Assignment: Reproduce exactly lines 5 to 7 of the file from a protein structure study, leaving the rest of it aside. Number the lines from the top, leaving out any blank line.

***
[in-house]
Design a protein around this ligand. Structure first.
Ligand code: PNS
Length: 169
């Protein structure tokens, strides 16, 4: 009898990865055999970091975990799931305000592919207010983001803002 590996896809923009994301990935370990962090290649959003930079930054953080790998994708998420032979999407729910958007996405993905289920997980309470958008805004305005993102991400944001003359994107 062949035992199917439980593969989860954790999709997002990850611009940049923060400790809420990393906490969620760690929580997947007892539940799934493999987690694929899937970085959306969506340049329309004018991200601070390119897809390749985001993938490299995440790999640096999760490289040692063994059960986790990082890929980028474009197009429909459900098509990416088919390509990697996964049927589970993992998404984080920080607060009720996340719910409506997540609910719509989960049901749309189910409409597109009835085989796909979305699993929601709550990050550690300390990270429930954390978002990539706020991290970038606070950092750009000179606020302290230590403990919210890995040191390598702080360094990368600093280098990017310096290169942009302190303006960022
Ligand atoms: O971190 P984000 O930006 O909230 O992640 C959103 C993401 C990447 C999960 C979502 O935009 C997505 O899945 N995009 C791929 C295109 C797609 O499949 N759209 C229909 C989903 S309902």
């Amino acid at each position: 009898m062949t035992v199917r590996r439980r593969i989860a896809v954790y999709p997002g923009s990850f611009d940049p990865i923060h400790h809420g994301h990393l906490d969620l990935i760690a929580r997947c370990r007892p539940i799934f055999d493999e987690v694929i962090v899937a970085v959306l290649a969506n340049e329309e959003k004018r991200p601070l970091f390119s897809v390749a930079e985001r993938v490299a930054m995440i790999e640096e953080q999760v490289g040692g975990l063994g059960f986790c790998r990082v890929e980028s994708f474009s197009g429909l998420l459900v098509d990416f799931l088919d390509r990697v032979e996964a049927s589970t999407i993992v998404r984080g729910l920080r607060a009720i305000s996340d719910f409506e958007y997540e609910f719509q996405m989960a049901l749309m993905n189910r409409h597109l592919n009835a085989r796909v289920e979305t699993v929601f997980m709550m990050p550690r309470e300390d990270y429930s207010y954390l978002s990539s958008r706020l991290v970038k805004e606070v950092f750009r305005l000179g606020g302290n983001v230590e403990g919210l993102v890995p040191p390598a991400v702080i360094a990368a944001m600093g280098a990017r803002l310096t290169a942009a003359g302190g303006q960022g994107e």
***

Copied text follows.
């Protein structure tokens, strides 16, 4: 009898990865055999970091975990799931305000592919207010983001803002 590996896809923009994301990935370990962090290649959003930079930054953080790998994708998420032979999407729910958007996405993905289920997980309470958008805004305005993102991400944001003359994107 062949035992199917439980593969989860954790999709997002990850611009940049923060400790809420990393906490969620760690929580997947007892539940799934493999987690694929899937970085959306969506340049329309004018991200601070390119897809390749985001993938490299995440790999640096999760490289040692063994059960986790990082890929980028474009197009429909459900098509990416088919390509990697996964049927589970993992998404984080920080607060009720996340719910409506997540609910719509989960049901749309189910409409597109009835085989796909979305699993929601709550990050550690300390990270429930954390978002990539706020991290970038606070950092750009000179606020302290230590403990919210890995040191390598702080360094990368600093280098990017310096290169942009302190303006960022
Ligand atoms: O971190 P984000 O930006 O909230 O992640 C959103 C993401 C990447 C999960 C979502 O935009 C997505 O899945 N995009 C791929 C295109 C797609 O499949 N759209 C229909 C989903 S309902």
């Amino acid at each position: 009898m062949t035992v199917r590996r439980r593969i989860a896809v954790y999709p997002g923009s990850f611009d940049p990865i923060h400790h809420g994301h990393l906490d969620l990935i760690a929580r997947c370990r007892p539940i799934f055999d493999e987690v694929i962090v899937a970085v959306l290649a969506n340049e329309e959003k004018r991200p601070l970091f390119s897809v390749a930079e985001r993938v490299a930054m995440i790999e640096e953080q999760v490289g040692g975990l063994g059960f986790c790998r990082v890929e980028s994708f474009s197009g429909l998420l459900v098509d990416f799931l088919d390509r990697v032979e996964a049927s589970t999407i993992v998404r984080g729910l920080r607060a009720i305000s996340d719910f409506e958007y997540e609910f719509q996405m989960a049901l749309m993905n189910r409409h597109l592919n009835a085989r796909v289920e979305t699993v929601f997980m709550m990050p550690r309470e300390d990270y429930s207010y954390l978002s990539s958008r706020l991290v970038k805004e606070v950092f750009r305005l000179g606020g302290n983001v230590e403990g919210l993102v890995p040191p390598a991400v702080i360094a990368a944001m600093g280098a990017r803002l310096t290169a942009a003359g302190g303006q960022g994107e």